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Margaret C. Grigorenko, Ph.D.
literacy, elementary, early childhood, integration, content-area literacy, content-area
The objective of this study was to research the impact of short term intensive instruction of content-area literacy strategies on students’ academic success, students’ reading attitudes, and teachers’ perceptions of literacy integration into content-area learning of social studies with Kindergarten through 4th grade students at a private, Christian school. The experimental group of students did not show any statistically significant improvement over the control group of students. However, there was a trend in the experimental Kindergarten and 1st grade groups in which their content-area knowledge post-test scores slightly increased (5% and 10% increase in post-test scores, respectively) with additional literacy instruction, when compared to the control groups. Also, the experimental group (K-4th grade, n=16) showed an increase in words used correctly to describe three short-answer questions on content-area knowledge compared to the control group (n=16) (307 and 263 words used, respectively). Lastly, there was a trend of increasing post-test content-area knowledge proportionally being associated with increasing reading attitude perceptions. Although the results failed to show a statistical improvement of experimental groups with the use of additional literacy instruction, there are trends to suggest the value of incorporating literacy strategies into the social studies content-area knowledge instruction.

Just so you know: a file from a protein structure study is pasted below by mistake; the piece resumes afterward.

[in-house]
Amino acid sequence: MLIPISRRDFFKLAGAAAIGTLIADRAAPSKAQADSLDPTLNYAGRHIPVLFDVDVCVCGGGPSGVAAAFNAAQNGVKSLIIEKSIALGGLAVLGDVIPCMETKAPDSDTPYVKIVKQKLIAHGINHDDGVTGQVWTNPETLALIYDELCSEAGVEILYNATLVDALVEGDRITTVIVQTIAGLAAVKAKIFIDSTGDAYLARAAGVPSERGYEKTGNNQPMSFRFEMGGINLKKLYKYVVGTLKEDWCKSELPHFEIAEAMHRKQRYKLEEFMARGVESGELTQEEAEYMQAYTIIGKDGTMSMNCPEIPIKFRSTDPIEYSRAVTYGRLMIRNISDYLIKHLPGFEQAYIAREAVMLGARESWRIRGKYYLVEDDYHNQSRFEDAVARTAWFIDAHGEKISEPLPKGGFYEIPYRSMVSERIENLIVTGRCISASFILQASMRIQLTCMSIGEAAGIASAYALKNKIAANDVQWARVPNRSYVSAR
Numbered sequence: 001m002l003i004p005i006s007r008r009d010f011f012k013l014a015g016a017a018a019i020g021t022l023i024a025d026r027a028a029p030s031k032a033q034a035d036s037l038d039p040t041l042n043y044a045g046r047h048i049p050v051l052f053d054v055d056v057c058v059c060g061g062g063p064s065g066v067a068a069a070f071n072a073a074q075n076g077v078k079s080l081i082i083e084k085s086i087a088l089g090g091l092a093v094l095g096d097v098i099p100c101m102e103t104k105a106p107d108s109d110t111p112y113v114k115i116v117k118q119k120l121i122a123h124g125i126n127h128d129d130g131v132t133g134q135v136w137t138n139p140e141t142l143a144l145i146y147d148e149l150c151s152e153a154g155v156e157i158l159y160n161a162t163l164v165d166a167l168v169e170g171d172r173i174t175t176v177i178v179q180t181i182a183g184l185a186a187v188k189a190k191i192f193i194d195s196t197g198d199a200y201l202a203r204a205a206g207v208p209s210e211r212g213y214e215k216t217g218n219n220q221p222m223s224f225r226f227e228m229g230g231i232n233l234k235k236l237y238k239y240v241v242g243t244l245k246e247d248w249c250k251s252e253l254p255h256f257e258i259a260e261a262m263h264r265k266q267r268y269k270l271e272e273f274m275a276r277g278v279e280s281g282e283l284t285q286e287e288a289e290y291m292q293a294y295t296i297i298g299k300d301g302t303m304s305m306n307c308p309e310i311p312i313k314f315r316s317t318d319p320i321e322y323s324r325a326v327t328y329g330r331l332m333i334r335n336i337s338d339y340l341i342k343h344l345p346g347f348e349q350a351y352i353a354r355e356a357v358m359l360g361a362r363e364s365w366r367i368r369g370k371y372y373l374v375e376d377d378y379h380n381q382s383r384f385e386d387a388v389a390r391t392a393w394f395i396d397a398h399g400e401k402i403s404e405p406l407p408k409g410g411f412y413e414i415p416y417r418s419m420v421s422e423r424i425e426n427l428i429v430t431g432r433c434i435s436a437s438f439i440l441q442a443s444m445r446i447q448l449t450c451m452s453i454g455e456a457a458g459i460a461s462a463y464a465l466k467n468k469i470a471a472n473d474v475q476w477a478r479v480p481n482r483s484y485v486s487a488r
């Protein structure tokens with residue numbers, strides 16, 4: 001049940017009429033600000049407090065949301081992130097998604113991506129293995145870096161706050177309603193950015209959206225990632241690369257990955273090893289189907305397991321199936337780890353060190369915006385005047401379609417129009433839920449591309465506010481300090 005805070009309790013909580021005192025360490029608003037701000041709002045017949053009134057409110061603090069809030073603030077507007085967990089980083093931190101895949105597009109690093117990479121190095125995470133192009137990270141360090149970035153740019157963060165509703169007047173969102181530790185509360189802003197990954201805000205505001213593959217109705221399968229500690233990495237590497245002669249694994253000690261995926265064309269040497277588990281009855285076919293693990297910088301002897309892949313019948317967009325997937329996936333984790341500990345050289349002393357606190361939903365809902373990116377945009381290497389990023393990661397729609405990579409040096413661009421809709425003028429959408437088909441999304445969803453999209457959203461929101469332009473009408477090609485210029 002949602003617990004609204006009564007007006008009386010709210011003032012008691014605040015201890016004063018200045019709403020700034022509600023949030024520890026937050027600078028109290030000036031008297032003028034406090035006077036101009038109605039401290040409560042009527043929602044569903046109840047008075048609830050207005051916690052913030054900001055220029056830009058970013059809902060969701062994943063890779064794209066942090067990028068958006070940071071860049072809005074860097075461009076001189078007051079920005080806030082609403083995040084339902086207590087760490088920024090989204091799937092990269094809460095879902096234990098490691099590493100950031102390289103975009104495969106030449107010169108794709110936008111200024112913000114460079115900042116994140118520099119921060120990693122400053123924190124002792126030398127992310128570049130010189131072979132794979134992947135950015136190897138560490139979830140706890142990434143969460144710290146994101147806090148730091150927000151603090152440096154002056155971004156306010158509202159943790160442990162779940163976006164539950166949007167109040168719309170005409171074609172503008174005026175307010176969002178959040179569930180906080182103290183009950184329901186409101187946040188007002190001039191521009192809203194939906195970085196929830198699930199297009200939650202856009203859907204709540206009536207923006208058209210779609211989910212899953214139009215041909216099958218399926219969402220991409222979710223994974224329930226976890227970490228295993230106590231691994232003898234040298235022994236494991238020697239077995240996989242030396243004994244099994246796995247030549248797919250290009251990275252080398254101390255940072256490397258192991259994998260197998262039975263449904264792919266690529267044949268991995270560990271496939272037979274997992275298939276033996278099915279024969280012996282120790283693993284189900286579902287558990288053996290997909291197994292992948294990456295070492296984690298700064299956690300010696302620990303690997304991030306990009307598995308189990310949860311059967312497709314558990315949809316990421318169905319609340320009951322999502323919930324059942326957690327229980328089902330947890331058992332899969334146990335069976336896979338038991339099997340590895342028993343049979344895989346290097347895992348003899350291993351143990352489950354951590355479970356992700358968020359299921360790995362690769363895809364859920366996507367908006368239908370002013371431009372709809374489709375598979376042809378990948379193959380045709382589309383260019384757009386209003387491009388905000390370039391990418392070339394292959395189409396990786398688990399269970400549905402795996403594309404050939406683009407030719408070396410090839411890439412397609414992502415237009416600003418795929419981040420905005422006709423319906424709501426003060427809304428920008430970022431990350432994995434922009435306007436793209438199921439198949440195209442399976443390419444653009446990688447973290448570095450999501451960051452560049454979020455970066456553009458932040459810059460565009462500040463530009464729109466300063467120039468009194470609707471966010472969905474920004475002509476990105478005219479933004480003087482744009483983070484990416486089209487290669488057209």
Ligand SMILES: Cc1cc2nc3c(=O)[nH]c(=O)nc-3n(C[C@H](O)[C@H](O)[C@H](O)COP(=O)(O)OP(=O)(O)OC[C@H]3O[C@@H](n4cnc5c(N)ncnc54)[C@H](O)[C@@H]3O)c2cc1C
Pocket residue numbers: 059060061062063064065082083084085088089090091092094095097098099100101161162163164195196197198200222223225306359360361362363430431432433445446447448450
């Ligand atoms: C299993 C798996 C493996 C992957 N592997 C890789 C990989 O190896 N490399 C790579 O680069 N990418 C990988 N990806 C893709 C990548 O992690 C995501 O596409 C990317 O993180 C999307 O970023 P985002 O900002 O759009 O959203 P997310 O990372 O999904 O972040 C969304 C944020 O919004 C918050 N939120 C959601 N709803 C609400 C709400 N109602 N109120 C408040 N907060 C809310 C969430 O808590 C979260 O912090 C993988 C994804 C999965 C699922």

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Lee, Jennifer E., "A Quantitative and Qualitative Investigation of Content-Area Literacy Instruction Integrated into Social Studies Content for Kindergarten - 4th Grade Students" (2016). Master of Education Research Theses. 77.